by Andrew Kolasinski
“If the pilot light on this gas heater blows out, don’t try to re-light it.” Gil warned. The crusty purple scar tissue that claimed half his face re-enforced his cautionary tone. “Anyway, you’re not even supposed to be in the trailer unless it’s your coffee break.” With that, he traded his guard’s cap for a toque, bundled up in scarves, sweaters and mitts, and left me to work my first shift.
Outside the trailer, it was minus twenty degrees, not counting the wind-chill. The light of a half moon transformed the banks of dirty snow into alpine peaks. An endless procession of dump trucks roared past my guard post. Compounding the din was the sound of bulldozers, molding the snow into tidy fifteen foot mounds. Like an outpost of human industry on a hostile planet, the site had only one purpose, to store the snow that was scraped off the city streets all winter.
Gil had shared the dregs of his coffee thermos while explaining my duties. “We’re not here to guard against thieves,” He said, “No siree, we’re here to keep the snow out.” The city has only this patch of land to store all the tons of salty, grimy snow that the plows gather. Gil said that if we didn’t check on them the truckers would try to reuse their expired snow dump passes, or else they’d trade one pass among several drivers.
My additional duty was to caution the drivers whenever they slammed the tailgates of their dump trucks. This cleaned all the gunk from a truck’s cargo box. It also made a sound like a bomb blast loud enough to wake people two miles away. I was empowered by Gloucester Township to issue fines after giving three warnings.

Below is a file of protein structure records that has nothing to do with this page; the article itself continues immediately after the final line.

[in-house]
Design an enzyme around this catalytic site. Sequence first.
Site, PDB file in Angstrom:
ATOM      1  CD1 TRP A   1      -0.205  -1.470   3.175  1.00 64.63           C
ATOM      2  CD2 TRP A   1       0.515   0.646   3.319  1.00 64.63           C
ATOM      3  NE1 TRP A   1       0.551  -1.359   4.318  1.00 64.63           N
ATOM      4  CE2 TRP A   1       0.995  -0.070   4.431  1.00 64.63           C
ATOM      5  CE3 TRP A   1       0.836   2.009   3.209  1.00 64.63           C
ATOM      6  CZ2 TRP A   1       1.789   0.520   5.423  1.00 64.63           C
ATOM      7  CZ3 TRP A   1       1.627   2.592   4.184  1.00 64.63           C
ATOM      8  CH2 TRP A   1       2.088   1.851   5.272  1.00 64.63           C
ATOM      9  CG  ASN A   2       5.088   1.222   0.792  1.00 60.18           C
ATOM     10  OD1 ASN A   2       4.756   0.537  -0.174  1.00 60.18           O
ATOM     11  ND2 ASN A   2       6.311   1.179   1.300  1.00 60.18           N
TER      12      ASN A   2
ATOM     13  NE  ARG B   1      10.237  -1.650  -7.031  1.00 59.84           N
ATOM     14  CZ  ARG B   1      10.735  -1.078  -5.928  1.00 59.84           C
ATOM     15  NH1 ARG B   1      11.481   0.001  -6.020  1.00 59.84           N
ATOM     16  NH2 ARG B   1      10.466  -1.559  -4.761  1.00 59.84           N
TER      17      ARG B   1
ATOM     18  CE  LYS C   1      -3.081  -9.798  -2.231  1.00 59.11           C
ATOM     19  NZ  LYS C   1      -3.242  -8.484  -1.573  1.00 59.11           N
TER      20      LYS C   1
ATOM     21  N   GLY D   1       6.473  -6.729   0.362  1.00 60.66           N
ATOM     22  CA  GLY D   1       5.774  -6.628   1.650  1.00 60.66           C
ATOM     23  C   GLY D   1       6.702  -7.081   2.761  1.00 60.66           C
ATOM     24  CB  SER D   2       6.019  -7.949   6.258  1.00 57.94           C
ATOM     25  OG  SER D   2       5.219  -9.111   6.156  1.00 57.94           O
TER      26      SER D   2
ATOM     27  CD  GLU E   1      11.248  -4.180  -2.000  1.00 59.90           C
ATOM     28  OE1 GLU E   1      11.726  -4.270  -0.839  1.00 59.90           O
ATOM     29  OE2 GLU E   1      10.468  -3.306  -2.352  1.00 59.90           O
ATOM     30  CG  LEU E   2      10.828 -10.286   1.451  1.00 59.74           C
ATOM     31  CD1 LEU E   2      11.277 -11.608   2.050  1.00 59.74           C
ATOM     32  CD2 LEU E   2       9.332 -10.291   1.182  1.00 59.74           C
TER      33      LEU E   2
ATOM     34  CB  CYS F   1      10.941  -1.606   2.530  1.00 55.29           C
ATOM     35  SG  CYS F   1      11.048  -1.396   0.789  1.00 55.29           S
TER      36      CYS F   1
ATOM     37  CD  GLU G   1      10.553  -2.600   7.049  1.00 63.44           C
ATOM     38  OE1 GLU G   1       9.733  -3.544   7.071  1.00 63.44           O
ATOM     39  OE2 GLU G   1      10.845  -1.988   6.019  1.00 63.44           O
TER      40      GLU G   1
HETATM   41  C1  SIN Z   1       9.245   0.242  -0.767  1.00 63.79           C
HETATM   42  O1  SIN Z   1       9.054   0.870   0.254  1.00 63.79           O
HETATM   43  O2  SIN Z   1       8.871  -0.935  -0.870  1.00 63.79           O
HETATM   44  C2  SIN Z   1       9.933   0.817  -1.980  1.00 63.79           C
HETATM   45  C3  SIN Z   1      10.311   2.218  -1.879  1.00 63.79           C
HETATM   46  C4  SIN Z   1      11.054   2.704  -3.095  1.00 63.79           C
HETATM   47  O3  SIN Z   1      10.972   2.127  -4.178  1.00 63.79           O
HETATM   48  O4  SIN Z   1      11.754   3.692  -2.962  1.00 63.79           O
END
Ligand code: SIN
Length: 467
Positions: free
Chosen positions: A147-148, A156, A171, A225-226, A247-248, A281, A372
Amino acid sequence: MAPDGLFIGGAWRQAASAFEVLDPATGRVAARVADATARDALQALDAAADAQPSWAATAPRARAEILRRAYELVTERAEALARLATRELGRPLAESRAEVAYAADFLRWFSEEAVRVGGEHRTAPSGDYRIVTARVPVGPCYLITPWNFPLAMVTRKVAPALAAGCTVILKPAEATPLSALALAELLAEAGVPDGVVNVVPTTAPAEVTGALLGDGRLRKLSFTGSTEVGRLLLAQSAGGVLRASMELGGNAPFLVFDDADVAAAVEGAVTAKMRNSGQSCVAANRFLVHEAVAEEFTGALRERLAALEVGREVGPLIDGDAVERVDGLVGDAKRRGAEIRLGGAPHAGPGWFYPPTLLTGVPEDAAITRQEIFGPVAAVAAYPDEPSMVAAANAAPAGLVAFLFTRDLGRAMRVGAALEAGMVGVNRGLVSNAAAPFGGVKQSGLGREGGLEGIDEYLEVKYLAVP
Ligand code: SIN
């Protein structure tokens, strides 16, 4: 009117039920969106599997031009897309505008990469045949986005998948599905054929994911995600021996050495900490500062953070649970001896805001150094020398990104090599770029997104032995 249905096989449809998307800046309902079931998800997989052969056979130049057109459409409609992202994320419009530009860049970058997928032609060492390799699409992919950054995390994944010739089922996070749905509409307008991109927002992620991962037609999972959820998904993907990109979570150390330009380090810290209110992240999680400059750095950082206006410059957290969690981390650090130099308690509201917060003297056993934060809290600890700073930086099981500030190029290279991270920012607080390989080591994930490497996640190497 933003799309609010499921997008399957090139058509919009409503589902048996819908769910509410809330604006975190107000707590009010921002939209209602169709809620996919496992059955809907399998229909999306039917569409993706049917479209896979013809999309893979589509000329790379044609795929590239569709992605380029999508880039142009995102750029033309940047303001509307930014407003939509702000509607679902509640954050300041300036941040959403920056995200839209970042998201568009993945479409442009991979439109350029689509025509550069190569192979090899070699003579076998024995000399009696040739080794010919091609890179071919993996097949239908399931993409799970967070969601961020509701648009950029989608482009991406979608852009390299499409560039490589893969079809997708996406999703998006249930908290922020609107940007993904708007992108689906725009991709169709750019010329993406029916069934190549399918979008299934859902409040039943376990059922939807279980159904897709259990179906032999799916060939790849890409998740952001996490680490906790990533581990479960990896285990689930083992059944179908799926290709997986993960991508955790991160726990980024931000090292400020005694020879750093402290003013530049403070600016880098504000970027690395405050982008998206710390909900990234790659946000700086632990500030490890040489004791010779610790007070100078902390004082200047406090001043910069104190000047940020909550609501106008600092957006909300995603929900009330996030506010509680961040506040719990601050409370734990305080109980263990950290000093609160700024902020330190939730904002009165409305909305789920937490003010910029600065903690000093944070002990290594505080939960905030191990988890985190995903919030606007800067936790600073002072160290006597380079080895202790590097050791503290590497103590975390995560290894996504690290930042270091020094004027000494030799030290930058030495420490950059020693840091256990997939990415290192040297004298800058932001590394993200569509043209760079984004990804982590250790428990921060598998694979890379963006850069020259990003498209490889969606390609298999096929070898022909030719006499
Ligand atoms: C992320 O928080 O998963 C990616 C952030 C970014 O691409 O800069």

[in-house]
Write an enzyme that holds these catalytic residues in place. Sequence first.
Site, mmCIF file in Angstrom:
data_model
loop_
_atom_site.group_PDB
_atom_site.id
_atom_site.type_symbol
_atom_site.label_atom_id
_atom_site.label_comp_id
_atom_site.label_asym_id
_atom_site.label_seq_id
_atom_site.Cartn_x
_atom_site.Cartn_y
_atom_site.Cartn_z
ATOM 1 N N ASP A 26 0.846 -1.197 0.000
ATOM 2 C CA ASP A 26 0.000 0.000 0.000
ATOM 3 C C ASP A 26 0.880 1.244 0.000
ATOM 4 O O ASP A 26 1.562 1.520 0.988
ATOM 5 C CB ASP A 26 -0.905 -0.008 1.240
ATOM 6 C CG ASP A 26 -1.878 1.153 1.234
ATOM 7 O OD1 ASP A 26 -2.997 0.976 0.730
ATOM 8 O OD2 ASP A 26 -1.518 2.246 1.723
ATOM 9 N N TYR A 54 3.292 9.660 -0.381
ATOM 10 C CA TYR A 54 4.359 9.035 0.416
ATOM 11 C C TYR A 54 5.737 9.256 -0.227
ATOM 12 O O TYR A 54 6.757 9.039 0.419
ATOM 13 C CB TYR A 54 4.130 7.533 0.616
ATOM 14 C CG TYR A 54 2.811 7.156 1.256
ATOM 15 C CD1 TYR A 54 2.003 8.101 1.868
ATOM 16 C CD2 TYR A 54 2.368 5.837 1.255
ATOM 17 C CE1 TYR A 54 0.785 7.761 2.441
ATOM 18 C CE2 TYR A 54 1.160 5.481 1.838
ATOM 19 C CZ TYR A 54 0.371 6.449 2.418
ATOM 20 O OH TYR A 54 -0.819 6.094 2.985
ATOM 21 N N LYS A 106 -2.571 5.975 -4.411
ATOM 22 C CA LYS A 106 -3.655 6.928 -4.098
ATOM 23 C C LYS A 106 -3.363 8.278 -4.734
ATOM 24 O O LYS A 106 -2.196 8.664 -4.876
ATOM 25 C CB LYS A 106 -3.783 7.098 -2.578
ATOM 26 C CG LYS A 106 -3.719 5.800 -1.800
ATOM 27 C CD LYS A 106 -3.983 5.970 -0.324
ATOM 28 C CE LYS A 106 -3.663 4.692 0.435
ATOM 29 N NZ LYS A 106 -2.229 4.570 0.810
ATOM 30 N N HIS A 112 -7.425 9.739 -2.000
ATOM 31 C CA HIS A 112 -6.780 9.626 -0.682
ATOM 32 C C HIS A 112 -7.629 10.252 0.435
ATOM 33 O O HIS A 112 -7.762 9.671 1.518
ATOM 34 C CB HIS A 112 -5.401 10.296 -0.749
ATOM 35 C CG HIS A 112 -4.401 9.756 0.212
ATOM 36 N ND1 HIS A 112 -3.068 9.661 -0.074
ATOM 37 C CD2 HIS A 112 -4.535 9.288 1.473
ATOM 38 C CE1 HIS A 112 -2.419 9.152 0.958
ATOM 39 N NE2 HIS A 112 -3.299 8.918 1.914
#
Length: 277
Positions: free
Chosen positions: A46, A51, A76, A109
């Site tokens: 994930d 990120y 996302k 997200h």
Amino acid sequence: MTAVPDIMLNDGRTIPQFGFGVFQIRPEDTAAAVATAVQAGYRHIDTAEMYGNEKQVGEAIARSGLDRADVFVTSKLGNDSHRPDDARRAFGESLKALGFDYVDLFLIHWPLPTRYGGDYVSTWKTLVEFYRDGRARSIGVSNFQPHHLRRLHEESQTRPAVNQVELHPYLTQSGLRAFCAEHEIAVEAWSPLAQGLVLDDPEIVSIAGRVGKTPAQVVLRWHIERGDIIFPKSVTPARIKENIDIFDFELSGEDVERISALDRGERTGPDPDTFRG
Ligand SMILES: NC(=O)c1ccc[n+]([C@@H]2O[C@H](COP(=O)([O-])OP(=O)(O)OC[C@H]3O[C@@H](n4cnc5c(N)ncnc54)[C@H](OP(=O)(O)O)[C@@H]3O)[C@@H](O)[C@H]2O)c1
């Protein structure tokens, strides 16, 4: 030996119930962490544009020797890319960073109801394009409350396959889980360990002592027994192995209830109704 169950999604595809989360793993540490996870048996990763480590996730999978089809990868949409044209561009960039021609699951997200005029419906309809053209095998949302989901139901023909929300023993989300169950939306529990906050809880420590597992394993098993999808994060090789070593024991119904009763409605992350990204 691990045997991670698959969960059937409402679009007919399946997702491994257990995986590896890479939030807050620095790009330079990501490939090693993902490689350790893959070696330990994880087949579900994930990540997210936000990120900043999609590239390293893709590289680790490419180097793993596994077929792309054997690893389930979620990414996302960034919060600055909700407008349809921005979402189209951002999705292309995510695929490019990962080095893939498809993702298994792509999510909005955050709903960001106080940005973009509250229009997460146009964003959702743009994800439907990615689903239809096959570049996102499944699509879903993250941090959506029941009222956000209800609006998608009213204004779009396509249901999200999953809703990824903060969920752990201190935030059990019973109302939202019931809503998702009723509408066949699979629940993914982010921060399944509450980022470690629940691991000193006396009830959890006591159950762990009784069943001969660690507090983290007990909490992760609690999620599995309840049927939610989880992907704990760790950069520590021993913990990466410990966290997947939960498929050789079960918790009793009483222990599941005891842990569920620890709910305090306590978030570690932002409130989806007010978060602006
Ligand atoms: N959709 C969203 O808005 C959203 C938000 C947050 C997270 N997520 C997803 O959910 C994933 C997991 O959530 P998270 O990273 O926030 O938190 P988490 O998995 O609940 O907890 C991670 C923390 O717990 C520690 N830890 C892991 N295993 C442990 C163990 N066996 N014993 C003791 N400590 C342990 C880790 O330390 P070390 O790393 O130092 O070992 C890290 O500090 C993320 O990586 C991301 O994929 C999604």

It would be twelve hours before Gil came back to relieve me of my shift. In my clip-on polyester necktie, rented guard’s uniform and nylon parka, I shivered as I took up my post outside the trailer. The drivers, responding to my authoritative uniform, slowed to allow inspection of the passes taped onto their windshields. But, after I began to warn them about tailgate slamming, they no longer slowed down for me. Instead, they drove a little faster, and more in my direction.
Guarding the snow dump was one of many lousy jobs I took when I was younger. I have been a construction worker, house mover, demolition technician, door-to-door salesman, warehouse man, kitchen helper, and farm labourer, to name a few.
After the snow dump, I found work in a factory. The first day, a co-worker suckered me into doing all his heavy lifting, claiming he had a back injury, and couldn’t lift anything heavier than silk panties. When I saw the size of his lunch pail I knew I’d been had.
I worked selling discount coupons, door-to-door. A particularly tough customer let me into his elegant courtyard and politely listened to my sales pitch. “If you can sell a coupon to him, I’ll buy three of them,” he said, releasing a snarling Doberman pinscher who didn’t listen to my well-rehearsed spiel.
My next job was demolishing a burnt out building. When the roof collapsed on my head, splitting my hardhat in two, I realized it was time for a big change. I walked away from the site without stopping to collect my pay. The next morning I enrolled in the local college. Though I never finished the diploma, I did decide on a less hazardous and more satisfying occupation - I would become a writer.
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